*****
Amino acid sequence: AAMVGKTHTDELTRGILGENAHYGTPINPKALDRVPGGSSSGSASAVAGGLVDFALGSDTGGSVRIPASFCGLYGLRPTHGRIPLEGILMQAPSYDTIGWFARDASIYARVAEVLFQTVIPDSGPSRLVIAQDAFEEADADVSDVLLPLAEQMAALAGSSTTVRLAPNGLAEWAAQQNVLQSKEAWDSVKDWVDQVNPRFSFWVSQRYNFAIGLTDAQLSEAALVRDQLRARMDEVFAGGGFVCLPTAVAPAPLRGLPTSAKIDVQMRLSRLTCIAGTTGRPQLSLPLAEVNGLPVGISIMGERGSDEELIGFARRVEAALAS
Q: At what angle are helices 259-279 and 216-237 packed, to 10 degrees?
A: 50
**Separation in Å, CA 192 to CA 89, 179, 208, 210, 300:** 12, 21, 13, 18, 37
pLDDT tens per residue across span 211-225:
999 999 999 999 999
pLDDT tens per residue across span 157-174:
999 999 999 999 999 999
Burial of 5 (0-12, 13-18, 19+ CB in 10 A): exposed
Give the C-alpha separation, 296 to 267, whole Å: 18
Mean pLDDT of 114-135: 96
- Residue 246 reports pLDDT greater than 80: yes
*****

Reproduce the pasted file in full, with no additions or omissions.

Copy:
Amino acid sequence: AAMVGKTHTDELTRGILGENAHYGTPINPKALDRVPGGSSSGSASAVAGGLVDFALGSDTGGSVRIPASFCGLYGLRPTHGRIPLEGILMQAPSYDTIGWFARDASIYARVAEVLFQTVIPDSGPSRLVIAQDAFEEADADVSDVLLPLAEQMAALAGSSTTVRLAPNGLAEWAAQQNVLQSKEAWDSVKDWVDQVNPRFSFWVSQRYNFAIGLTDAQLSEAALVRDQLRARMDEVFAGGGFVCLPTAVAPAPLRGLPTSAKIDVQMRLSRLTCIAGTTGRPQLSLPLAEVNGLPVGISIMGERGSDEELIGFARRVEAALAS
Q: At what angle are helices 259-279 and 216-237 packed, to 10 degrees?
A: 50
**Separation in Å, CA 192 to CA 89, 179, 208, 210, 300:** 12, 21, 13, 18, 37
pLDDT tens per residue across span 211-225:
999 999 999 999 999
pLDDT tens per residue across span 157-174:
999 999 999 999 999 999
Burial of 5 (0-12, 13-18, 19+ CB in 10 A): exposed
Give the C-alpha separation, 296 to 267, whole Å: 18
Mean pLDDT of 114-135: 96
- Residue 246 reports pLDDT greater than 80: yes